Financial Fragility and the Exchange Rate Regime

Roberto Chang and Andres Velasco
Federal Reserve Bank of Atlanta
Working Paper 97-16
November 1997

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We study financial fragility, exchange rate crises, and monetary policy in an open economy version of a Diamond-Dybvig model. The banking system, the exchange rate regime, and central bank credit policy are seen as parts of a mechanism intended to maximize social welfare; if the mechanism fails, banking crises and speculative attacks become possible. We compare currency boards, fixed rates, and flexible rates with and without a lender of last resort. A currency board cannot implement a socially optimal allocation; in addition, bank runs are possible under a currency board. A fixed exchange rate system may implement the social optimum but is more prone to bank runs and exchange rate crises than a currency board. A flexible rate system implements the social optimum and eliminates runs, provided the exchange rate and central bank lending policies are appropriately designed.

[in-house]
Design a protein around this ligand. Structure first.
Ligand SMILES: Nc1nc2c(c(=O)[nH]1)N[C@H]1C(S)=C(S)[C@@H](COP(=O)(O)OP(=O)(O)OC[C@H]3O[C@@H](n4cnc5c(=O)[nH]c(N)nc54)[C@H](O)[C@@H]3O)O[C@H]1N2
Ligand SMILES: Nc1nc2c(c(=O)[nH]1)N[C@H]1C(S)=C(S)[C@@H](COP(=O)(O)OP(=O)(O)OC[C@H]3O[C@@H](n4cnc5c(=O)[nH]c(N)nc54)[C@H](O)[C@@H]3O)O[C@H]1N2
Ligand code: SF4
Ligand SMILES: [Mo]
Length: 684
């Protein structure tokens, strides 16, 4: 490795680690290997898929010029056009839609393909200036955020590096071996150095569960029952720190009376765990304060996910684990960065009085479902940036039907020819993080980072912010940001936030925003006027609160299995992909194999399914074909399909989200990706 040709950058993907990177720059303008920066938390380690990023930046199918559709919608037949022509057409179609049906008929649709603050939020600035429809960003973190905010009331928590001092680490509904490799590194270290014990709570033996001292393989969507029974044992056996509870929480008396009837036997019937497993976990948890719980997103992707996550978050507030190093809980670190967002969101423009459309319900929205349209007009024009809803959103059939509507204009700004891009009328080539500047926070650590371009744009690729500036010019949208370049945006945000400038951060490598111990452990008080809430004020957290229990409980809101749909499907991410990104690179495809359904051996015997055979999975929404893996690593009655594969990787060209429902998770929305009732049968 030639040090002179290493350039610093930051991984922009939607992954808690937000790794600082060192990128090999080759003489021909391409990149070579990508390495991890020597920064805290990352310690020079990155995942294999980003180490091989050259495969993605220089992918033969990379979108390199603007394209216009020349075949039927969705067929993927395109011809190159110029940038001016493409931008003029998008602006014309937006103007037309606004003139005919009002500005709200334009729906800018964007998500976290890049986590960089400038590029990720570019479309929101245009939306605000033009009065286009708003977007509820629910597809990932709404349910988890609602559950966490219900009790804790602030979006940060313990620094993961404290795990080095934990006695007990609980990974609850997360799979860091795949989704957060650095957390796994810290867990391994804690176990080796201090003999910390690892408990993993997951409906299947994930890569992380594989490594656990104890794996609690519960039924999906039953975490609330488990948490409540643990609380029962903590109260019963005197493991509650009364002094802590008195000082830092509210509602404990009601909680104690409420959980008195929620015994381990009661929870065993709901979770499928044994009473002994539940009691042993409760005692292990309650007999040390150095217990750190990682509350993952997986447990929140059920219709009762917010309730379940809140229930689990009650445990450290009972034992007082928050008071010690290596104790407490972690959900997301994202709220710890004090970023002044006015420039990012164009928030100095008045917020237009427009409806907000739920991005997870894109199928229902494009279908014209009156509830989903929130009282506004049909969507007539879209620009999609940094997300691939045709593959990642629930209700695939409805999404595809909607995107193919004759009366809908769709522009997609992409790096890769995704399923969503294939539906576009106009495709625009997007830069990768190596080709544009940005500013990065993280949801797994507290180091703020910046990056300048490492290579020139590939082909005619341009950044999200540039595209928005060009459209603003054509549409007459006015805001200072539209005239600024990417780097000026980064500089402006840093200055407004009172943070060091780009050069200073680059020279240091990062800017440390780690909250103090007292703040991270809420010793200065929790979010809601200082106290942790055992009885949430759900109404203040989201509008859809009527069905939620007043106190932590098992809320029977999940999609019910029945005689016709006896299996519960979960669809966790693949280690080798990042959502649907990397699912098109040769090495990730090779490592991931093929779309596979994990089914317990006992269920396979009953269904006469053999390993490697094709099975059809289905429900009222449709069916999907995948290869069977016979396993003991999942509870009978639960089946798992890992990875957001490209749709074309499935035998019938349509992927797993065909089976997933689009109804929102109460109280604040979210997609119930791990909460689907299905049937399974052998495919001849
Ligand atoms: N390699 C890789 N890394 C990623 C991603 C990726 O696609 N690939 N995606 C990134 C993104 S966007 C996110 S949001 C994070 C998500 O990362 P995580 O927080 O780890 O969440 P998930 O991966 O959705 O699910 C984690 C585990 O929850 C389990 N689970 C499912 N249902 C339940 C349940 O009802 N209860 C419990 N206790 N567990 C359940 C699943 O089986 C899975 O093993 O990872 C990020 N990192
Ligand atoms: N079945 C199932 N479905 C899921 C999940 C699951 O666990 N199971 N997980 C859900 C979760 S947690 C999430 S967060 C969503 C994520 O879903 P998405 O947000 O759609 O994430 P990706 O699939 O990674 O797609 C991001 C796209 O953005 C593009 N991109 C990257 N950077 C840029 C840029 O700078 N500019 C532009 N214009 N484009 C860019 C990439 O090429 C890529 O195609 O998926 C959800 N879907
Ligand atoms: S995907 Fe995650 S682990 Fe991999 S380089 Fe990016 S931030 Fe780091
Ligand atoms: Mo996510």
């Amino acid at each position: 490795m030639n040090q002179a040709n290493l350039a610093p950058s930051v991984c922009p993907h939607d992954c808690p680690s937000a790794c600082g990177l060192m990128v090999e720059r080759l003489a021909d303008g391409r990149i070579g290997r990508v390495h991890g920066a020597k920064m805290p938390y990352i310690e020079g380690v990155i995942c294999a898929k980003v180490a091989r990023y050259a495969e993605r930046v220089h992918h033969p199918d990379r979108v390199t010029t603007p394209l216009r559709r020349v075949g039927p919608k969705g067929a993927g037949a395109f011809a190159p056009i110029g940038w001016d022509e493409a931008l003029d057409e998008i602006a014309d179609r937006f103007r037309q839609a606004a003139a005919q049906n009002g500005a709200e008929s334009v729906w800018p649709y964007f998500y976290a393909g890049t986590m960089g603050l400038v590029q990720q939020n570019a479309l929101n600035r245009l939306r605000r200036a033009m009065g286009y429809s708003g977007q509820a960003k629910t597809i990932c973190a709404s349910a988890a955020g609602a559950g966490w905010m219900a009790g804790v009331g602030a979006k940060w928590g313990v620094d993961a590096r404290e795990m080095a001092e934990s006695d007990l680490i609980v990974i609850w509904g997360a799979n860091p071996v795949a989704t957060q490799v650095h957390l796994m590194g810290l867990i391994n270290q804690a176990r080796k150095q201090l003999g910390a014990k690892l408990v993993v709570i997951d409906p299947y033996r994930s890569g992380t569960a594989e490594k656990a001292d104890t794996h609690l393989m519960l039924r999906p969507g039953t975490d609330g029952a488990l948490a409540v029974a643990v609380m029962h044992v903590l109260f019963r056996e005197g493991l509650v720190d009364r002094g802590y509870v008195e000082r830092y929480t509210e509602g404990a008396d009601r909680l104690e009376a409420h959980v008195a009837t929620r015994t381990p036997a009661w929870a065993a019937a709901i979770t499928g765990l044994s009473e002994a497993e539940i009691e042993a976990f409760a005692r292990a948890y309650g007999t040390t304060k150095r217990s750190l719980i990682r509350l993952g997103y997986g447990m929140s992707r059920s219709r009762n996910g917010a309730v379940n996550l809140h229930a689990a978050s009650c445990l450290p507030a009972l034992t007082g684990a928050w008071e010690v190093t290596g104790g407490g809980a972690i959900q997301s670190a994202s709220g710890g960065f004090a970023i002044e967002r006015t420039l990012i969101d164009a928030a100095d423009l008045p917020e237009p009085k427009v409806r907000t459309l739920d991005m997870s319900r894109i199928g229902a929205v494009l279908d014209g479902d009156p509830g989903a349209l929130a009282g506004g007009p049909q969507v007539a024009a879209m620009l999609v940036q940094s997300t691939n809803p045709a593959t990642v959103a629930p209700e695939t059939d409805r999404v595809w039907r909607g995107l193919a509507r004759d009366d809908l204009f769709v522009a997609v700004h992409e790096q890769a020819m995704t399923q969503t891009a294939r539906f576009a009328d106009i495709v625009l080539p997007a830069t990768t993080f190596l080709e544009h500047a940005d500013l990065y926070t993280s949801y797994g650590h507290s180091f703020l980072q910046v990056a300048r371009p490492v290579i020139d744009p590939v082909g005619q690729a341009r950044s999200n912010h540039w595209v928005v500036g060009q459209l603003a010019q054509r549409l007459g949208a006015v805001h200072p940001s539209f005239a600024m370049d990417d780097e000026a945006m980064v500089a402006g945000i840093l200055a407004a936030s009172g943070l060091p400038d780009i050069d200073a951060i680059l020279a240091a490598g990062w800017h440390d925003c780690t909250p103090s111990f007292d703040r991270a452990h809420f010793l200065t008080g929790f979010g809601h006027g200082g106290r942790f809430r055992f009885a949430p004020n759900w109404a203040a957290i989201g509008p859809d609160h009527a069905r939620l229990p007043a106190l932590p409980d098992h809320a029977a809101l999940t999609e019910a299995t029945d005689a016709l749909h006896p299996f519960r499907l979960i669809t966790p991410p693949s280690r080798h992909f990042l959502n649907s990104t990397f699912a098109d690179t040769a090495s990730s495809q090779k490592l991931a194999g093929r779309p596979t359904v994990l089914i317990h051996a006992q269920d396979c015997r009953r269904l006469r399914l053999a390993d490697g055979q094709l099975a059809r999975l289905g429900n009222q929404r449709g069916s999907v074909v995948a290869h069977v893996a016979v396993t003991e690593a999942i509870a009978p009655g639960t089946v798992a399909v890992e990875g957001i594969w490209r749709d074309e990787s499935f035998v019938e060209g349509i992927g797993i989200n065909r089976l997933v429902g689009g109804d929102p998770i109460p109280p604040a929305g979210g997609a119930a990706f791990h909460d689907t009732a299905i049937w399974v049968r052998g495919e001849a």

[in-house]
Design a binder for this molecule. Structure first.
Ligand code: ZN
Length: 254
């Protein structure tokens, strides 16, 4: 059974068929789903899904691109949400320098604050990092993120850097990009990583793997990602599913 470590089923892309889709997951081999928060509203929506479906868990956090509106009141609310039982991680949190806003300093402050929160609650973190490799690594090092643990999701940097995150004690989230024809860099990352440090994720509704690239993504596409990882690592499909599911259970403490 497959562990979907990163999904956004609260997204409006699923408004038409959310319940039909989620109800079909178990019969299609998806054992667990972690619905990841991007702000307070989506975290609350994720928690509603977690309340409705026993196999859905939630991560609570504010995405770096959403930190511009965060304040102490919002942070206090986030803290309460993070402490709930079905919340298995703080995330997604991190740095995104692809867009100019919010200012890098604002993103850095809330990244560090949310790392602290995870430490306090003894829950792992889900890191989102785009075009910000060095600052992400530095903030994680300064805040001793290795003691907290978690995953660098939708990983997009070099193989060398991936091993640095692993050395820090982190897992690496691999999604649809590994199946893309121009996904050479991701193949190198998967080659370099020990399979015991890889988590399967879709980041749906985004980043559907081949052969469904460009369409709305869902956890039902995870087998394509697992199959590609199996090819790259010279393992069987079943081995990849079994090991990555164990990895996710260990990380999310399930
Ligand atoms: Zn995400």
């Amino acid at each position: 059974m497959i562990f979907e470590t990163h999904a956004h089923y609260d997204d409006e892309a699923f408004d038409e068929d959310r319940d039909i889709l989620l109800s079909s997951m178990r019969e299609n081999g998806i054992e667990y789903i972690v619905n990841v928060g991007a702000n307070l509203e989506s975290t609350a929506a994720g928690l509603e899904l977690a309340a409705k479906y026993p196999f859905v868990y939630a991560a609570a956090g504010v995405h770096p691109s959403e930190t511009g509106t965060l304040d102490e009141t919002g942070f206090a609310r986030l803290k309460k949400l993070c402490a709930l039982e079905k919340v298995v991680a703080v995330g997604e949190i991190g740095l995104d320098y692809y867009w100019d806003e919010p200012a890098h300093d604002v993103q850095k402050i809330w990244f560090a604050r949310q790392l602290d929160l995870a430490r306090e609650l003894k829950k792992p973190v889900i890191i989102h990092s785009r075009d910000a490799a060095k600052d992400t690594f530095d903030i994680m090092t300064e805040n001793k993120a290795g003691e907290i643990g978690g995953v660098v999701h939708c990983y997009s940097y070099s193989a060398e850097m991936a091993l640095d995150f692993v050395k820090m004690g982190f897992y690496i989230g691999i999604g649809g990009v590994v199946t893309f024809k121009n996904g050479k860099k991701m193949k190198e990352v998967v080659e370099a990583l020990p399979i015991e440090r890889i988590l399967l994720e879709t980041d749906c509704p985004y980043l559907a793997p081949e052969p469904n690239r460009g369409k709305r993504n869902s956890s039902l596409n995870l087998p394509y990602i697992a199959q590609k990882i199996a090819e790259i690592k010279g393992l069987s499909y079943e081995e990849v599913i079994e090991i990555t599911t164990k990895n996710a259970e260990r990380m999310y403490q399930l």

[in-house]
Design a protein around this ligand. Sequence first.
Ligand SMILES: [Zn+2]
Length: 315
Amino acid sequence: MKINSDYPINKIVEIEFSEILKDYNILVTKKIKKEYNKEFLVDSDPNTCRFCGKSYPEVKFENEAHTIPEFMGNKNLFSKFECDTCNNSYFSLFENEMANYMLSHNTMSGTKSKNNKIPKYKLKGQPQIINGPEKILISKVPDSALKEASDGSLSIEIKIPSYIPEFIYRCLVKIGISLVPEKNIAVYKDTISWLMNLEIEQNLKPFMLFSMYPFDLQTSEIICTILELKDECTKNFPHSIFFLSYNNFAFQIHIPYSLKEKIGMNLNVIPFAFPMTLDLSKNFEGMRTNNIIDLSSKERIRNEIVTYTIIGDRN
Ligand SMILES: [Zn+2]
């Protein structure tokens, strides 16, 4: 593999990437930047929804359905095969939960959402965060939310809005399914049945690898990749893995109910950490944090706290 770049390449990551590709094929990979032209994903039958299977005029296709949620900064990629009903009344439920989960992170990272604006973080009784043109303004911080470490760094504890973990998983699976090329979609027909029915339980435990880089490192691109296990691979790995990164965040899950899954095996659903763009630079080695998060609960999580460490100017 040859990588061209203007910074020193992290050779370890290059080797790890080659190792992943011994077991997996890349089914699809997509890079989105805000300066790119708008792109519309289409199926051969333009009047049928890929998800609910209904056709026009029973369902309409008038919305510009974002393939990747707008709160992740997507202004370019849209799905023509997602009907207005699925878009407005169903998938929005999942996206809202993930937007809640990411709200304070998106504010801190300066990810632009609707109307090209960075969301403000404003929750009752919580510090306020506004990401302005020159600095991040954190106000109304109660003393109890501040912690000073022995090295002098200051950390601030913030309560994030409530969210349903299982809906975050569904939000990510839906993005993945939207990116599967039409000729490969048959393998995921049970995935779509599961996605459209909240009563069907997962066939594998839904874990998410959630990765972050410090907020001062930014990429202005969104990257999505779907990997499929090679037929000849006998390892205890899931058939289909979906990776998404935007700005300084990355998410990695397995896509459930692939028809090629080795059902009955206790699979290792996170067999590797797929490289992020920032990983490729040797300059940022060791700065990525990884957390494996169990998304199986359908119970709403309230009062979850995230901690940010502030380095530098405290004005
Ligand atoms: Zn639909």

JEL classification: F3, E5, G2

Key words: exchange rates, financial crises, central bank policy

The views expressed here are those of the authors and not necessarily those of the Federal Reserve Bank of Atlanta or the Federal Reserve System. Any remaining errors are the authors' responsibility.

Please address questions regarding content to Roberto Chang, Research Department, Federal Reserve Bank of Atlanta, 104 Marietta Street, NW, Atlanta, Georgia 30303-2713, 404/498-8057,, or Andres Velasco, Department of Economics, New York University, 269 Mercer Street, New York, New York 10003, 212/998-8958,

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